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Our sacred cow print, one of our most popular.
In India, they consider the cow to be a sacred symbol of life that should be protected and revered. In the Vedas, the oldest of the Hindu scriptures, the cow is associated with Aditi, the mother of all the gods.
This time in a “Sultan red” for our Moroccan collection.
Red has considerable historic significance in Morocco, proclaiming the descent from the royal Alaouite dynasty. This ruling house was associated with the Islamic prophet Muhammad via Fatimah, the wife of Ali, the fourth Muslim Caliph. Red is also the colour that was used by the sharifs of Mecca and the imams of Yemen. From the 17th century on, when Morocco was ruled by the Alaouite dynasty, the flags of the country were plain red.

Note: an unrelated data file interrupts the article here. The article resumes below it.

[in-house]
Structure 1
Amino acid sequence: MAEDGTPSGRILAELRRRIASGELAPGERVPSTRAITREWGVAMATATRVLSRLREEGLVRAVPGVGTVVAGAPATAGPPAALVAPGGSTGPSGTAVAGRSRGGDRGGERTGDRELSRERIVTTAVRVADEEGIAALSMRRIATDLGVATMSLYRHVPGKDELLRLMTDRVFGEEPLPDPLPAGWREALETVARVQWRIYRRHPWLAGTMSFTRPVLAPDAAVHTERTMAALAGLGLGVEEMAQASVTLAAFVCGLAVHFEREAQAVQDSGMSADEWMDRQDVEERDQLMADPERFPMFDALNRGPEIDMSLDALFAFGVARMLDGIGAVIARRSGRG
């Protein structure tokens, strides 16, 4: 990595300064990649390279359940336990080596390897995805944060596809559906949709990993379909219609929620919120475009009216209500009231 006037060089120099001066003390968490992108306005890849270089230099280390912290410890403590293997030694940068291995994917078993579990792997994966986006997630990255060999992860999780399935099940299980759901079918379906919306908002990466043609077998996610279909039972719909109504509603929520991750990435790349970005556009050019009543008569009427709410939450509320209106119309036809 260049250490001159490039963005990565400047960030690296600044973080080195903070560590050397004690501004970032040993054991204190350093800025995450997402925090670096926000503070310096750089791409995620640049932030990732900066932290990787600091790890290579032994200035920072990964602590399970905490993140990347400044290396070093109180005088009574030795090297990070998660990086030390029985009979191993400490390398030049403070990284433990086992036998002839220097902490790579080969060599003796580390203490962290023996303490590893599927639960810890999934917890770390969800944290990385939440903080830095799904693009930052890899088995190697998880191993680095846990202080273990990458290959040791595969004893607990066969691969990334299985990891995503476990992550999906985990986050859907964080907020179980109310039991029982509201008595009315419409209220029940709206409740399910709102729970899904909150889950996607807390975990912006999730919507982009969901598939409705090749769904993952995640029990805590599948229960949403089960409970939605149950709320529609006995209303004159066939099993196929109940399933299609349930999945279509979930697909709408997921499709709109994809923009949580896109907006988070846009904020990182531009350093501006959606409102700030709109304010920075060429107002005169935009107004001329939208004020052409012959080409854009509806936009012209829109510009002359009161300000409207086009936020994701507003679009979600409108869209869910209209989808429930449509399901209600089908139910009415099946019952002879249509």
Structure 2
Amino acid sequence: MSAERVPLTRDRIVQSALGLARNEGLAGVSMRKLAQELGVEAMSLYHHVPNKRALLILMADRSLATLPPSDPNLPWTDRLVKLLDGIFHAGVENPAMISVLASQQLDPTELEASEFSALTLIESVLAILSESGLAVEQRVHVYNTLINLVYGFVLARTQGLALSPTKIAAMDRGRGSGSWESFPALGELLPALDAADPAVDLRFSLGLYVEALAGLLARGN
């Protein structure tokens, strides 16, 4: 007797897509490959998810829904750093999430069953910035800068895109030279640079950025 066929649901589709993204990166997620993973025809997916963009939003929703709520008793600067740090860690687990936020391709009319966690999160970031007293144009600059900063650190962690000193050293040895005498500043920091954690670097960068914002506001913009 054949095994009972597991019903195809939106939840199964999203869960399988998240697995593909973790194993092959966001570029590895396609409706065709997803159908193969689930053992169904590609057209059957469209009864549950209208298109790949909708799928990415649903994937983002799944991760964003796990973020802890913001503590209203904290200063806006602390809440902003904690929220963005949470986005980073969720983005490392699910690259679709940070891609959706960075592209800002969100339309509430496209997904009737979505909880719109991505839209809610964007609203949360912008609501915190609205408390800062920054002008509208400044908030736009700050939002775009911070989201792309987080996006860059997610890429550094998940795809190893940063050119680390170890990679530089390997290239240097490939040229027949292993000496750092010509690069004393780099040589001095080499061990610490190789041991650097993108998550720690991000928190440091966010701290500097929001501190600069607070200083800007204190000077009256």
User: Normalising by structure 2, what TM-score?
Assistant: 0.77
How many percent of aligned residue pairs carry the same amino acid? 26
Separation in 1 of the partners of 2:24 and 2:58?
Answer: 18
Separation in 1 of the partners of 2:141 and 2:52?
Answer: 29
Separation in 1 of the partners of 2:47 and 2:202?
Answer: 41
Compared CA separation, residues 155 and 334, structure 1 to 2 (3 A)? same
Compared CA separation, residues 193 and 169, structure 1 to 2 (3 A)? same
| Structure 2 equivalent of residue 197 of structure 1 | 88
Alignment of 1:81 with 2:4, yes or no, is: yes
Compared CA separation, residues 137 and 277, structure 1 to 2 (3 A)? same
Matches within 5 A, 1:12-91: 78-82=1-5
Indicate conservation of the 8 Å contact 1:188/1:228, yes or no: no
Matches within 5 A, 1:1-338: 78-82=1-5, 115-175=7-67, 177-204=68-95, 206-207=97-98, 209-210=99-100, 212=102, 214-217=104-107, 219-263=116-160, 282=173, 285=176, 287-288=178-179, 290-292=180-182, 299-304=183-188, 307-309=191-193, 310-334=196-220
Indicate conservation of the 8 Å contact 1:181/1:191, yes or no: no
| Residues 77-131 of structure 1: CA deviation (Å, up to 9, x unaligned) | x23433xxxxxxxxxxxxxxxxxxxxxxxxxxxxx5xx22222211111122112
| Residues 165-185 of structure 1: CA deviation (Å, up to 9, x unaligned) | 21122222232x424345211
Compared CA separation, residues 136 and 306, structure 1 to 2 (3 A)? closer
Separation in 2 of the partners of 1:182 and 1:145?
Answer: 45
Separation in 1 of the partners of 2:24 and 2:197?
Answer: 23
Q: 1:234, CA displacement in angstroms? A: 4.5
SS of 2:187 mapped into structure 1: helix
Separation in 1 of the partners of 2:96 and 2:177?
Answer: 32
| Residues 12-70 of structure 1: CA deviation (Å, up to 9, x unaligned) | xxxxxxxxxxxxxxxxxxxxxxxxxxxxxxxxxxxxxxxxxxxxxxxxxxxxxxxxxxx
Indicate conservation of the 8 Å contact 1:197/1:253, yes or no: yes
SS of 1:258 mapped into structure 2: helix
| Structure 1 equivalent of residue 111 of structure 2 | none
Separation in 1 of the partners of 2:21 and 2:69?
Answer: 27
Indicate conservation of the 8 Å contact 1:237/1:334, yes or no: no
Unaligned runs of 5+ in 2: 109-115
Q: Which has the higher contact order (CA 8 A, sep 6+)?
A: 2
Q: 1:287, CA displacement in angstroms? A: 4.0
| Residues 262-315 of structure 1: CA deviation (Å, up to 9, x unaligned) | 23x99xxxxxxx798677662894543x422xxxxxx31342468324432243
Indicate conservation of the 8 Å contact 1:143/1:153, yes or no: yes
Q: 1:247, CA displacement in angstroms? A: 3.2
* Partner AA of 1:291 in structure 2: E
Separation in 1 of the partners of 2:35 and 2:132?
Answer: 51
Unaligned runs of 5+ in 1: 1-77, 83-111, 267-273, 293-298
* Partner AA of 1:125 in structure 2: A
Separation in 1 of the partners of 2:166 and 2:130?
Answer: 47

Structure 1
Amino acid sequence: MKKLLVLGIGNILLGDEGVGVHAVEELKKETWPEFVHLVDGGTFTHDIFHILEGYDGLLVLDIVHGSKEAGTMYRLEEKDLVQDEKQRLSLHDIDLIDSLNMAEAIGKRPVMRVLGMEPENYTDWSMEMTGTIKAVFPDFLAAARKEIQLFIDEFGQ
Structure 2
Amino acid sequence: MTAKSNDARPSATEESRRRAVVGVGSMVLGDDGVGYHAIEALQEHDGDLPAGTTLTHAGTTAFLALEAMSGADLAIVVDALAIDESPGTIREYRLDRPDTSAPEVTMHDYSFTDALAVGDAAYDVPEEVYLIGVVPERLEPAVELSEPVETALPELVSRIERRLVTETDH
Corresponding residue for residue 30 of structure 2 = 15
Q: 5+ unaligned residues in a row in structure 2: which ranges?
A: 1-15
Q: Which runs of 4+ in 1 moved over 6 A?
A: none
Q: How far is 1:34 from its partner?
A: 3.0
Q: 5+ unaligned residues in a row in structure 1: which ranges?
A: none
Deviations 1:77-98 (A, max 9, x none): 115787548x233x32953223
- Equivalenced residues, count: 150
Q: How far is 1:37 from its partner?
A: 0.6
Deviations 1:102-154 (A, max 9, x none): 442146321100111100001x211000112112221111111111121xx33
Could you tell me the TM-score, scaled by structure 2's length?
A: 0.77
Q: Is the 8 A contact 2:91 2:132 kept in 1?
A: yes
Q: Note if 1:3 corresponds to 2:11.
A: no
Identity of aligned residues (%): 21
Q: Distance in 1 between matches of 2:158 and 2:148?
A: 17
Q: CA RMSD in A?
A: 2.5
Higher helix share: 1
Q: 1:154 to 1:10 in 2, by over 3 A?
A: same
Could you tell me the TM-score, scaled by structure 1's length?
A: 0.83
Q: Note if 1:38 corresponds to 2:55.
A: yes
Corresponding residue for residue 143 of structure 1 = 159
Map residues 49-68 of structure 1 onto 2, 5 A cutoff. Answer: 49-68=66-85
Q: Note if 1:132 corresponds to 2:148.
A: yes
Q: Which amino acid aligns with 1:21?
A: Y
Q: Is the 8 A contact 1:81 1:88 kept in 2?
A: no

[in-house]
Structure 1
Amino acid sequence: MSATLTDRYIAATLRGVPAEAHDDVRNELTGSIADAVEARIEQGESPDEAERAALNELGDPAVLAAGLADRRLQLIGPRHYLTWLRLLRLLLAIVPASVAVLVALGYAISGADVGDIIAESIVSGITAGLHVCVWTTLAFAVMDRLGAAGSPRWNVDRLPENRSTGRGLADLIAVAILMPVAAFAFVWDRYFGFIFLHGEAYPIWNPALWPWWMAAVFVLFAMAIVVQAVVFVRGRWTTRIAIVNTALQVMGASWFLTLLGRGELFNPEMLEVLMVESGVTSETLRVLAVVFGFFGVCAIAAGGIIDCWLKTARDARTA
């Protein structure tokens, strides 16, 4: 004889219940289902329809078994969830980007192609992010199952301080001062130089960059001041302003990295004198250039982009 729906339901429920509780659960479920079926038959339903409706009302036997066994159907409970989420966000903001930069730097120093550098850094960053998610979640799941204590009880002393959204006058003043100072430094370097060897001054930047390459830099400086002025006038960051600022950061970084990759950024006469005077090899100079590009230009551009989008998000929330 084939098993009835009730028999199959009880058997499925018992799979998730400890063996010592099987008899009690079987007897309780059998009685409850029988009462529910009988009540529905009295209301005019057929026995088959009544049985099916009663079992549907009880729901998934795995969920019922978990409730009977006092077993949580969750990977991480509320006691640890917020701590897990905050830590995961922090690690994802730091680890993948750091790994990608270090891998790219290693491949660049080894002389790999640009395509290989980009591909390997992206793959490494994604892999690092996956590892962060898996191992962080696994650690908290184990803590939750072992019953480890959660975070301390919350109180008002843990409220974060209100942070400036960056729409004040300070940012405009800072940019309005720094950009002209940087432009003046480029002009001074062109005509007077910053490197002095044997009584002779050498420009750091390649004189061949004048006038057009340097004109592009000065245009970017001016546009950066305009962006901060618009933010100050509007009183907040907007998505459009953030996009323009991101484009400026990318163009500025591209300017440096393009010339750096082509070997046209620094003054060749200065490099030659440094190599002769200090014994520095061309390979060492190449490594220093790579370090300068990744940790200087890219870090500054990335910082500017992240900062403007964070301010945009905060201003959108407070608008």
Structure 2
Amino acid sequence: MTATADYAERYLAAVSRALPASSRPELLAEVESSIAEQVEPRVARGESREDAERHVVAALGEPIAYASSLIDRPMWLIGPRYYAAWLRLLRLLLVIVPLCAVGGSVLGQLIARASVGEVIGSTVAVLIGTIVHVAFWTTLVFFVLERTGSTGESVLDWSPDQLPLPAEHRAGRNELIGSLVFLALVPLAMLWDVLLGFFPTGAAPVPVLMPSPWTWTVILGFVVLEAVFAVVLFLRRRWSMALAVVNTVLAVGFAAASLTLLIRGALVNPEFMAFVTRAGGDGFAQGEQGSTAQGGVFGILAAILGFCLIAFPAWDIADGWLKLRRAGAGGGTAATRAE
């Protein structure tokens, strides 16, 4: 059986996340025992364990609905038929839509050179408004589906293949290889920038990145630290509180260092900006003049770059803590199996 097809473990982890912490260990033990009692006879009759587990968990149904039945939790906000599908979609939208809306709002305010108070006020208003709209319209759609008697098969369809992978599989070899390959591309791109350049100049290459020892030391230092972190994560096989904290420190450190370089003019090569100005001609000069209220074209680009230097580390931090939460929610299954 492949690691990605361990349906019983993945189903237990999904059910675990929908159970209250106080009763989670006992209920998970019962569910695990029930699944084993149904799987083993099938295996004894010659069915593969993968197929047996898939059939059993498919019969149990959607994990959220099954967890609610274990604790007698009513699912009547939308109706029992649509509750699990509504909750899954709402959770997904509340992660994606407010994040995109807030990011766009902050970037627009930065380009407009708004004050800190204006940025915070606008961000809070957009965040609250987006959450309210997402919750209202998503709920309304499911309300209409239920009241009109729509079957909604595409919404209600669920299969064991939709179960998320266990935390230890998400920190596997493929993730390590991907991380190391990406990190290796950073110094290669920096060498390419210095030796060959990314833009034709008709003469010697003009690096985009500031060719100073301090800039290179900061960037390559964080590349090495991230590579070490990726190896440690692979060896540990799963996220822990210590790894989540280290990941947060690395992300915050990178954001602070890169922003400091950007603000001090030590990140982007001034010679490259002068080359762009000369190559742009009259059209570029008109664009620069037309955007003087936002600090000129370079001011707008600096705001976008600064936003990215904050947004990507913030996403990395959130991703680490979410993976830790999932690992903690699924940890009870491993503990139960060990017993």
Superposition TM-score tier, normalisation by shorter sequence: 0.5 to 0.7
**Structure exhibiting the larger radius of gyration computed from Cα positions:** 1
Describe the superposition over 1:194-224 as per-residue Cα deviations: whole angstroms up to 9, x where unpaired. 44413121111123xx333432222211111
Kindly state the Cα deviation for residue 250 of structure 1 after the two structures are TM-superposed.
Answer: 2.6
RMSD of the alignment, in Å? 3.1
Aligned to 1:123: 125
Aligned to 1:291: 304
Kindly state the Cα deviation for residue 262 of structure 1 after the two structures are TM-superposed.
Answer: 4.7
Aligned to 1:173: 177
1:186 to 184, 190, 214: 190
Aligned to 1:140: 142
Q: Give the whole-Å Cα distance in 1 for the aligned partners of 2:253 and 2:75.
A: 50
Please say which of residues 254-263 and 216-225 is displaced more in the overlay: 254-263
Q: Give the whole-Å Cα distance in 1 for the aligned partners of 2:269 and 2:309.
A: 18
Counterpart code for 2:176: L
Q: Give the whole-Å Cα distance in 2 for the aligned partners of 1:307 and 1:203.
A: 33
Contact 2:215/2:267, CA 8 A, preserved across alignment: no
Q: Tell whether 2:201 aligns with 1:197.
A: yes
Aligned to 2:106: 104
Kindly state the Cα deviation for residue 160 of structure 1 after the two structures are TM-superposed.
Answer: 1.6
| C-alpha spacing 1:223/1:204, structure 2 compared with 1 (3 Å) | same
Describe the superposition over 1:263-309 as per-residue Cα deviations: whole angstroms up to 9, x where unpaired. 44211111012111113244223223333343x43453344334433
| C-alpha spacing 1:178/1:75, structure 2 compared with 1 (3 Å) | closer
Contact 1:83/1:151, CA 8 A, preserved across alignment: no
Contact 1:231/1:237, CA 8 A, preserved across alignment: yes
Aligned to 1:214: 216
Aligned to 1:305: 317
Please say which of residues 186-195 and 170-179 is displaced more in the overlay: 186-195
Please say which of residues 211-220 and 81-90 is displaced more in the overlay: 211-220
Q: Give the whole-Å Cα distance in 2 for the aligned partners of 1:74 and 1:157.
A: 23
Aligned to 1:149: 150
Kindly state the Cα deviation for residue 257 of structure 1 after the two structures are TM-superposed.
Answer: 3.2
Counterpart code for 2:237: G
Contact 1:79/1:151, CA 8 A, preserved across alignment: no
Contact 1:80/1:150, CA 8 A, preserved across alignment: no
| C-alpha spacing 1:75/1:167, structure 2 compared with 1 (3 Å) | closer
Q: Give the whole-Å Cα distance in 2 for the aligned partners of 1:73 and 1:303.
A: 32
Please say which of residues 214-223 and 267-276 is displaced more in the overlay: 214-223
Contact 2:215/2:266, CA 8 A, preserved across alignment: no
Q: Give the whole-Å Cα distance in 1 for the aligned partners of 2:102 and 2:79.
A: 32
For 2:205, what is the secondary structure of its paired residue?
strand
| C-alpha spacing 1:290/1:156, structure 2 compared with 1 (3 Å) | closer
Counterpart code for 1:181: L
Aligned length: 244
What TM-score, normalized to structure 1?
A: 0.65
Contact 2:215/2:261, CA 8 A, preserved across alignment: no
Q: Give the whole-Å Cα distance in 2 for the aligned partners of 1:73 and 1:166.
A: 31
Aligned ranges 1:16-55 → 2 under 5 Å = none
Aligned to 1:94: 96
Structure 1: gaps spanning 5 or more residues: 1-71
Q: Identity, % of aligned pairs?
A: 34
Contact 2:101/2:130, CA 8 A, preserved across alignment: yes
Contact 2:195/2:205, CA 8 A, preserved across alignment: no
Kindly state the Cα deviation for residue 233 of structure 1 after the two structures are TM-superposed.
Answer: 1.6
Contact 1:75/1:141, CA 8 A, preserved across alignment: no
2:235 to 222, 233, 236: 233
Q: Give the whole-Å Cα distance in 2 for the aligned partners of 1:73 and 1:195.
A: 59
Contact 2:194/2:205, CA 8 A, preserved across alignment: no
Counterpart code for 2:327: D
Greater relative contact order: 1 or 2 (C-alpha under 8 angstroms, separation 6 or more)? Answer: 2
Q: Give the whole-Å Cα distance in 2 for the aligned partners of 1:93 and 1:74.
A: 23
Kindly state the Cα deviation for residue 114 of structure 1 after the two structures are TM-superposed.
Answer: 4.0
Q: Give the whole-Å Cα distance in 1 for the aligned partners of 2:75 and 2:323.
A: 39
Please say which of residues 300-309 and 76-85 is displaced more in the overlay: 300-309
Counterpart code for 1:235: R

On 17 November 1915, Sultan Yusef signed a dhahir that made Morocco's flag red with a green interlaced pentangle. The five points of the star stand for Love, Truth, Peace, Freedom, and Justice. While Morocco was under French and Spanish control, the red flag with the seal in the centre remained in use, but only inland. Its use at sea was prohibited. When independence was restored in 1955, it once again became the national flag.
The red background on the Moroccan flag represents hardiness, bravery, strength and valour, while the green represents love, joy, wisdom, peace and hope; it also represents the color of Islam and the pentagram represents the seal of Solomon. The five branches also represent the pillars of Islam.